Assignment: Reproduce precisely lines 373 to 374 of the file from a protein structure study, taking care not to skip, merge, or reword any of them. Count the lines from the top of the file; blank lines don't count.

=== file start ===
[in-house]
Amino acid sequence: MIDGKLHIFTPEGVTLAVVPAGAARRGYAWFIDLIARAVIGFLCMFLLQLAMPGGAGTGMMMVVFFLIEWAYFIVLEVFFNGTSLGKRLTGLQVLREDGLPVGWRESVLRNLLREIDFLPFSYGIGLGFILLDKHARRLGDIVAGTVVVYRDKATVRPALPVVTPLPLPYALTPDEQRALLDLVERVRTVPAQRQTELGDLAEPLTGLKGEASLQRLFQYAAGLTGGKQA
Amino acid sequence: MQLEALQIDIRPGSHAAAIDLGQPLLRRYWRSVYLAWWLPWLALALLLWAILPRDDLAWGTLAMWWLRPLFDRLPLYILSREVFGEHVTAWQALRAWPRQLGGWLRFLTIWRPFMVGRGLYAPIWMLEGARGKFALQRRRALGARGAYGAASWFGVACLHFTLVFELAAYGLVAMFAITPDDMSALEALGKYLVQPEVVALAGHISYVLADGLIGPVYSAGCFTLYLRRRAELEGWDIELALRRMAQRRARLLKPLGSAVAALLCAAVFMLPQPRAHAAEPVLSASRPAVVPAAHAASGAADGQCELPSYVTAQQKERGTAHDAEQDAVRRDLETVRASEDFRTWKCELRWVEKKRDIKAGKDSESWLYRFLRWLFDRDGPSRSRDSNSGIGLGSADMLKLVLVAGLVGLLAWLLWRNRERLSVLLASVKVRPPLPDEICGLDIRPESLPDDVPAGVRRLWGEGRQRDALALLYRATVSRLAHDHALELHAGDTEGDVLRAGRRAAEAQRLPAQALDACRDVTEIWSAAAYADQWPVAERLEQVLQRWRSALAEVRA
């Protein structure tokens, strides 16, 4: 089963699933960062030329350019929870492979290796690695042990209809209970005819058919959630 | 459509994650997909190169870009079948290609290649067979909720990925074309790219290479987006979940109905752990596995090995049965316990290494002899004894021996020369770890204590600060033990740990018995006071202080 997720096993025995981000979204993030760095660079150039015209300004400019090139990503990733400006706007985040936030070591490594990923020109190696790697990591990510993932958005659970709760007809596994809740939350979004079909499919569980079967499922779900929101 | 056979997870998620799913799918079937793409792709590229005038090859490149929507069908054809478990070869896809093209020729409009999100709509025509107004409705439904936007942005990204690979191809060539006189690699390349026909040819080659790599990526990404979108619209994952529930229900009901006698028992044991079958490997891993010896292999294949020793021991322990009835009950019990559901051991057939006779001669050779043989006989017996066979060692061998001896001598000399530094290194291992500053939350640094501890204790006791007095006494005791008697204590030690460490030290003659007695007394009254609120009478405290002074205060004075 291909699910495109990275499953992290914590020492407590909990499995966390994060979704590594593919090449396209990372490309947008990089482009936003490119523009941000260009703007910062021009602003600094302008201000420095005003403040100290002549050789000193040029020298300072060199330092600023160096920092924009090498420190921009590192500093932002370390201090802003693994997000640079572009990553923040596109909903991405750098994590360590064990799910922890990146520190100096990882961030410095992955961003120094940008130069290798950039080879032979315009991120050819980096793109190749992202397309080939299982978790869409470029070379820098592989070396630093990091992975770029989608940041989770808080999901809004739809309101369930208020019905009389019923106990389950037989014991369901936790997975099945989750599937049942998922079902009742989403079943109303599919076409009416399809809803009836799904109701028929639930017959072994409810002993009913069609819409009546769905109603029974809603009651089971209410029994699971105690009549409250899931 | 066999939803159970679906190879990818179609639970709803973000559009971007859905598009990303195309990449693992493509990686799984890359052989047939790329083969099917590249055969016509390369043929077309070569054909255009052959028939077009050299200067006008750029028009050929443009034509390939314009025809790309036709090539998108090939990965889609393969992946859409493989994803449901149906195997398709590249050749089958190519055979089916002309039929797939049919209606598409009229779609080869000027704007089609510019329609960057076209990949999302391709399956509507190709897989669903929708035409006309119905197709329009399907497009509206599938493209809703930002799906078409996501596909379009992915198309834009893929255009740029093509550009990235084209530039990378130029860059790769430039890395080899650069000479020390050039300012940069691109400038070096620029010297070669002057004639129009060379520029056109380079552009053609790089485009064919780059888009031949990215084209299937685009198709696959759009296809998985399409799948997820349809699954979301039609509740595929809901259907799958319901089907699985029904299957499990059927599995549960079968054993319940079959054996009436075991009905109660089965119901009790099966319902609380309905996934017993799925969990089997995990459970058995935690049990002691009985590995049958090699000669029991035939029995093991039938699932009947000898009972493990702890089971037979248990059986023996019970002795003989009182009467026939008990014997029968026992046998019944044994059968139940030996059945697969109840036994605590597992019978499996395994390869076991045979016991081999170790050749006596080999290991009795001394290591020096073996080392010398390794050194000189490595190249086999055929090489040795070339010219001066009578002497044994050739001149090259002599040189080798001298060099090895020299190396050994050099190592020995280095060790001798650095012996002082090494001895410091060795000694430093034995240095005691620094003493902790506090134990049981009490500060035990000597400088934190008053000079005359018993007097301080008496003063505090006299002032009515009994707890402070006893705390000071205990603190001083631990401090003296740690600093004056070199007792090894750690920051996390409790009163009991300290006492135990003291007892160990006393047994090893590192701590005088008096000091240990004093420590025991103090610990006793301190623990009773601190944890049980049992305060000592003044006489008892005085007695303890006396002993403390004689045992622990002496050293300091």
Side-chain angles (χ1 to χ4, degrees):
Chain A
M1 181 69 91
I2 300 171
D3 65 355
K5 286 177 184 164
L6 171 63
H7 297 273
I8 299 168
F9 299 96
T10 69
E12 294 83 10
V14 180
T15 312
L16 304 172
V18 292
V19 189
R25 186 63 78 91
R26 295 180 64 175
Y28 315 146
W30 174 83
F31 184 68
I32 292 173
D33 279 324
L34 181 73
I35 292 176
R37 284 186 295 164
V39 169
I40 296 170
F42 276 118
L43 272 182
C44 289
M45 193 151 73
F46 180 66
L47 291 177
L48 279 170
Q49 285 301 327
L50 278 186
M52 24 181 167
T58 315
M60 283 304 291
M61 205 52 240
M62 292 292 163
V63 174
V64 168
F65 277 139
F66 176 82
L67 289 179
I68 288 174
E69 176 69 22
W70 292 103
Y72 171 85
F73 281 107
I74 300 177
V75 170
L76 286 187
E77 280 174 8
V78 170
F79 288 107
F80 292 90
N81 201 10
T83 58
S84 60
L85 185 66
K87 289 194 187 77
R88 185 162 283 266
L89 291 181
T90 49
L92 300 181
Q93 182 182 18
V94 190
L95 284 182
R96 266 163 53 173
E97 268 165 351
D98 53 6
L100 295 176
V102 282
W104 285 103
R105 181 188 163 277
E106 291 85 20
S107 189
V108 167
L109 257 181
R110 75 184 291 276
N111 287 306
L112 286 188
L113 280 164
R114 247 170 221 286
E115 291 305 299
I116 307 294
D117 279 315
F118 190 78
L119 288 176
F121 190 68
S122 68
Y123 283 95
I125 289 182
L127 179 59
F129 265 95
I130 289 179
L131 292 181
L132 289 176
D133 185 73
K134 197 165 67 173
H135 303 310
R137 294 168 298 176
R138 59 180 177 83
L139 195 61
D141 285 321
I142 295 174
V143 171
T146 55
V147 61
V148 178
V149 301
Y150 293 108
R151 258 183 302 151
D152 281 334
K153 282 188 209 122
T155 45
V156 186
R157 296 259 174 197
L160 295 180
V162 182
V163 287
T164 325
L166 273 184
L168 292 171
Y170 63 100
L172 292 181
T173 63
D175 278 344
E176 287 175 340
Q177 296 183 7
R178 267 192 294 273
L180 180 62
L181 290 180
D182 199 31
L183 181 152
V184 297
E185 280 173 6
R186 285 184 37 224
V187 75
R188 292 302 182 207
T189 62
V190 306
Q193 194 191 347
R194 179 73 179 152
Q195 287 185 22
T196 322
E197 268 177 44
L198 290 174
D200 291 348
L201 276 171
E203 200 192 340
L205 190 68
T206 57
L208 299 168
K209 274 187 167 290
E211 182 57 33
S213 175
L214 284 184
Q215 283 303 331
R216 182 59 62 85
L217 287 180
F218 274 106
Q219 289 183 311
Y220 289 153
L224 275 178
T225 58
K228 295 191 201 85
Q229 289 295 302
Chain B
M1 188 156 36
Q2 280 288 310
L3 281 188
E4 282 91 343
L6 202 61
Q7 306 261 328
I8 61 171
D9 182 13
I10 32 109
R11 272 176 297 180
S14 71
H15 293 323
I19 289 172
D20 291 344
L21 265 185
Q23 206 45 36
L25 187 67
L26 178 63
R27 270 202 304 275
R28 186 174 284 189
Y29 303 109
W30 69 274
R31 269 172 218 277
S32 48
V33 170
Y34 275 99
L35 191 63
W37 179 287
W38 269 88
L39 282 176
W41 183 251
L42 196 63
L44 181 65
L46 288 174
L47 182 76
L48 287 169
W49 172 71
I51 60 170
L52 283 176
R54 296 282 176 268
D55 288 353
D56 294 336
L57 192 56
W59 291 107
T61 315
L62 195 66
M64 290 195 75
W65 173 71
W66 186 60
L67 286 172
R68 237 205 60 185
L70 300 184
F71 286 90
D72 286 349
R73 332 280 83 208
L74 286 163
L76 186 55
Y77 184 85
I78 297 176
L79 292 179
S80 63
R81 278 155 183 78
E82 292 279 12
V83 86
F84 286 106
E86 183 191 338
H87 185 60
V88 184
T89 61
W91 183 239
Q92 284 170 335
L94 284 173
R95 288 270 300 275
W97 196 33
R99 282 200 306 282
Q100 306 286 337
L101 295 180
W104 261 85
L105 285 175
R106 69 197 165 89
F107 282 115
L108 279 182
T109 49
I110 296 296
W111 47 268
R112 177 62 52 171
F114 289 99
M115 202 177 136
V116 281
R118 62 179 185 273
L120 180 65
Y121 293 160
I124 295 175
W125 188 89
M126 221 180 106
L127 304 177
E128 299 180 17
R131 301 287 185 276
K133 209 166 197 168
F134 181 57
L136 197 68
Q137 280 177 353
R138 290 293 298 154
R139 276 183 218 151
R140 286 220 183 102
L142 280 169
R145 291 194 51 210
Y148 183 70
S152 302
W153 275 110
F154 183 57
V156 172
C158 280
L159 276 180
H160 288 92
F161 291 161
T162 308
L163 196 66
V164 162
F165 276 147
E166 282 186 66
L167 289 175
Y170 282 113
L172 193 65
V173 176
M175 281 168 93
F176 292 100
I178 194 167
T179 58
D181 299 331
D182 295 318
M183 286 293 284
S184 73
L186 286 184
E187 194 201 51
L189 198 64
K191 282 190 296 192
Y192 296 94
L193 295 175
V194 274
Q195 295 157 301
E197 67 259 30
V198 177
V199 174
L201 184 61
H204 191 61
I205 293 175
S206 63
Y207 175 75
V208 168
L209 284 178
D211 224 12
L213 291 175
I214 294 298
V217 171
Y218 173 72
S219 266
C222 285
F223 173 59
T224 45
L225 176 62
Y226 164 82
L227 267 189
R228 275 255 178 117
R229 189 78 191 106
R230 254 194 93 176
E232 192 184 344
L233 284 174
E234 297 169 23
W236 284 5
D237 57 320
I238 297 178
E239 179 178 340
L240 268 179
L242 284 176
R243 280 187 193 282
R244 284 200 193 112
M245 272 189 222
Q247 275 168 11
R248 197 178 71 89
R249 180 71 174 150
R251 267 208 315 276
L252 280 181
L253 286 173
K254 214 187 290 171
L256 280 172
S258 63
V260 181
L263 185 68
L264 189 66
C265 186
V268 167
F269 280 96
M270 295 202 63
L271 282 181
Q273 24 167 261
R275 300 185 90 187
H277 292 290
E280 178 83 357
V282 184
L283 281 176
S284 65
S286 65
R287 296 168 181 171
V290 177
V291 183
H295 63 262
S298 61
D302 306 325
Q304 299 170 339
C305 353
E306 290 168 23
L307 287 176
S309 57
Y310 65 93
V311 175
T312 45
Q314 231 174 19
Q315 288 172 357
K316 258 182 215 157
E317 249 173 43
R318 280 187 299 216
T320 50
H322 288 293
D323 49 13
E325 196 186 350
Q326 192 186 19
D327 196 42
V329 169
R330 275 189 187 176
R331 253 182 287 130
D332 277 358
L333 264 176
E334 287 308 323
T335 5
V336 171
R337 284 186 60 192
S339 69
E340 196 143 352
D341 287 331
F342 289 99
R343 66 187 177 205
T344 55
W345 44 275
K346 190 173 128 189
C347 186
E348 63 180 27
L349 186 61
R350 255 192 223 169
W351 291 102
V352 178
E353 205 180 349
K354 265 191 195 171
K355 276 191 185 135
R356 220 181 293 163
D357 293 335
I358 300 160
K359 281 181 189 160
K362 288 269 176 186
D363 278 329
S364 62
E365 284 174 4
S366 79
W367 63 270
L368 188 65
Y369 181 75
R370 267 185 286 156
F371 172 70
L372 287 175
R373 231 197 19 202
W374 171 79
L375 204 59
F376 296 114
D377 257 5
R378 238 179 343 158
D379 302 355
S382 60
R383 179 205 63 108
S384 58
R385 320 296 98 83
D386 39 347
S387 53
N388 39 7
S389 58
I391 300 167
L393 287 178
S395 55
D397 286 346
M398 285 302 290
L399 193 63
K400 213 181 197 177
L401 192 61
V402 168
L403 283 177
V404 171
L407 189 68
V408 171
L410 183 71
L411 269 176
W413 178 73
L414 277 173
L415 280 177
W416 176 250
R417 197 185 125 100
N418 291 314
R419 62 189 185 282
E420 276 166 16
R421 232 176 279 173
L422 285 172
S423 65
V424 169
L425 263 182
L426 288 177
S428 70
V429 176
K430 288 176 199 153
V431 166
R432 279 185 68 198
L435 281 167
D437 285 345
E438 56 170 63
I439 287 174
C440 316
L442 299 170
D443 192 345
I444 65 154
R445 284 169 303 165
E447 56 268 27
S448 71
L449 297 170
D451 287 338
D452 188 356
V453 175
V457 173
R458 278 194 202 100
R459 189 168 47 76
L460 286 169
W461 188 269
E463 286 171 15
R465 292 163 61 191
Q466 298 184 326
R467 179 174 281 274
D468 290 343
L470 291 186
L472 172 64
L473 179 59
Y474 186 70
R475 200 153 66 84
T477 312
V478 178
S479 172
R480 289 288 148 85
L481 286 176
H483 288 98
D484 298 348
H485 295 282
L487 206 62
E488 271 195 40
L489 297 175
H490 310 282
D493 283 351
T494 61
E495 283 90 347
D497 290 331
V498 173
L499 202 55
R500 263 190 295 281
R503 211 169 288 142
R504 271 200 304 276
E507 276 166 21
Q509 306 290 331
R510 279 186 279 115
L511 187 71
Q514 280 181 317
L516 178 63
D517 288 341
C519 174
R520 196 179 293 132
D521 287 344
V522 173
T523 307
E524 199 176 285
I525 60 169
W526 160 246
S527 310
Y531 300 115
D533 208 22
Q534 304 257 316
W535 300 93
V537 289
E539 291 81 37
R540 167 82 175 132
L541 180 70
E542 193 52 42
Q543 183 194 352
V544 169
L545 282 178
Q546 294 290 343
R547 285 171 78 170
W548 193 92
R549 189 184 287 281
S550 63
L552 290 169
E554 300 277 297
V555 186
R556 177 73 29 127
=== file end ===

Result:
Q273 24 167 261
R275 300 185 90 187